The neurodivergent population is grossly under-represented when it comes to employment in Australia. Amaze, an organisation in Vitoria that provides resources and implements change for people with autism, commissioned a report in 2018 that found that the unemployment rate for autistic people in Australia is 31.6 per cent, three times higher than for people with a physical disability, and six times higher than the average for Australians without a disability. This is shocking.
This is despite much research showing that improved diversity in our workplaces can only positively contribute to an organisation and improve internal culture and acceptance and improve business outcomes. Educational institutions, workplaces and communities should be designed to support neurodiversity. We must ensure there are reasonable accommodations, awareness programs and anti-discrimination policies in place to protect the rights of neurodiverse individuals.
Also, while ADHD significantly impacts the lives of one in 20 Australians, it still remains fundamentally misunderstood. Earlier this year, the Greens undertook a survey asking people with ADHD to share their experiences with getting a diagnosis and with getting care in our healthcare system. There were more than 10,000 responses and still counting. I would like to share with you some of the outcomes of that work and some of its more distressing figures.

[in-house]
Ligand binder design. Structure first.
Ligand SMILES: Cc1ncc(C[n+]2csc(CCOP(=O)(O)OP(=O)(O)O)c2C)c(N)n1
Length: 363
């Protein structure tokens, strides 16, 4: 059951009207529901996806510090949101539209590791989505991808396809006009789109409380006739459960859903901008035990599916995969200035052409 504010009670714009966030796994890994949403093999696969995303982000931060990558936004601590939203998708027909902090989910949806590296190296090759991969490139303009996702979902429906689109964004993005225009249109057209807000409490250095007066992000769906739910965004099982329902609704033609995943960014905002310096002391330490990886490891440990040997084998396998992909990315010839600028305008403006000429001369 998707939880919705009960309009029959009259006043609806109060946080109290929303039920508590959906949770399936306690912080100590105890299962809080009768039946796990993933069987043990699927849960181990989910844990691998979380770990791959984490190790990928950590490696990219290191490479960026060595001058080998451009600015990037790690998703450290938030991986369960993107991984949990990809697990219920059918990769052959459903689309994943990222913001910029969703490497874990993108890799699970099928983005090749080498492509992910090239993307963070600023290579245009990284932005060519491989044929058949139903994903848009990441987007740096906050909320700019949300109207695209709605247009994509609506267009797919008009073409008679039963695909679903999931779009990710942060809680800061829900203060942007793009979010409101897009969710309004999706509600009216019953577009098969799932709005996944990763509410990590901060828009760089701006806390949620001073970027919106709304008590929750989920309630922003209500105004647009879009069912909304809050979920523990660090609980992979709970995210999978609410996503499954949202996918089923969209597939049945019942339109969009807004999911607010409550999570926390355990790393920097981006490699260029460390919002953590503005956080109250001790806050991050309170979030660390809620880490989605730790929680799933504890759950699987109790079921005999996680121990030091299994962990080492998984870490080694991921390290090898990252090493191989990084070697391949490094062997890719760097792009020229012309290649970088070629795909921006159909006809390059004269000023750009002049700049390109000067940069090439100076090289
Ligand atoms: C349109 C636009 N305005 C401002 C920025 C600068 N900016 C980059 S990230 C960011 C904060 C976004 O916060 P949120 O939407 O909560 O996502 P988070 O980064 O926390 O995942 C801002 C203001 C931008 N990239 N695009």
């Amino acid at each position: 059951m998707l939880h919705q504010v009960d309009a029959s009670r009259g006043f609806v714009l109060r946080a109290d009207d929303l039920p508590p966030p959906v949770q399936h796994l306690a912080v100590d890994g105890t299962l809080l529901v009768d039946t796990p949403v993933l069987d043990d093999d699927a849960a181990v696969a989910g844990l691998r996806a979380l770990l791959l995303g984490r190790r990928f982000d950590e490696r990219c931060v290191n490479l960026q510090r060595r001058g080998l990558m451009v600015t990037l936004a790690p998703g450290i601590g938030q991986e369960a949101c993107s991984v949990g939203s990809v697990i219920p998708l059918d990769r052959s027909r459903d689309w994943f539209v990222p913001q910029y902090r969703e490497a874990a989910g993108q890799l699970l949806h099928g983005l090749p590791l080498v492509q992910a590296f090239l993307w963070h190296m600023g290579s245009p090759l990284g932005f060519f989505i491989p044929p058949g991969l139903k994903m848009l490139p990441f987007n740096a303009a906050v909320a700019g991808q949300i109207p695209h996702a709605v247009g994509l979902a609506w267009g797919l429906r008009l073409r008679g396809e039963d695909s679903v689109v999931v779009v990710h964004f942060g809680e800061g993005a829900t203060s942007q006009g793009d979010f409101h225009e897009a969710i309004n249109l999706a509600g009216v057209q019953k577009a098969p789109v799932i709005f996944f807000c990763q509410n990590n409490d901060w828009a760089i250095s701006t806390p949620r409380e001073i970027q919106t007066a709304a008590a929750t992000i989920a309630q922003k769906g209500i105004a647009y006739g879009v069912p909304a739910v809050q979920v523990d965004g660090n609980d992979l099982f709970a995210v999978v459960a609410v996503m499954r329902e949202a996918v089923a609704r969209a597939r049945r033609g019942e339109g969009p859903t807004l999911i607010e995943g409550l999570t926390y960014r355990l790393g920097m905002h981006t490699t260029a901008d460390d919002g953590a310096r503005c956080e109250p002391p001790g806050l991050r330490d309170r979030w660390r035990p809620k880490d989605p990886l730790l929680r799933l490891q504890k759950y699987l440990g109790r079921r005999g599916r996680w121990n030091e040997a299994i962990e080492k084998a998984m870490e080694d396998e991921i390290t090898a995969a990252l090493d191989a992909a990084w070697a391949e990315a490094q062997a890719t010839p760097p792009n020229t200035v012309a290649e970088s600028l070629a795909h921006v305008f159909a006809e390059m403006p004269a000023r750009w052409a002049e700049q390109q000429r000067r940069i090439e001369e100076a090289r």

More than 63 per cent of respondents who suspect they have ADHD said that cost is the reason they have not been formally diagnosed. More than half worry that medical professionals will not take their ADHD concerns seriously and over 82 per cent of respondents identify as women, non-binary or gender fluid people. This tells us that cost and lack of training are big barriers to ADHD diagnosis and that these barriers impact women and LGBTQIA folks the most.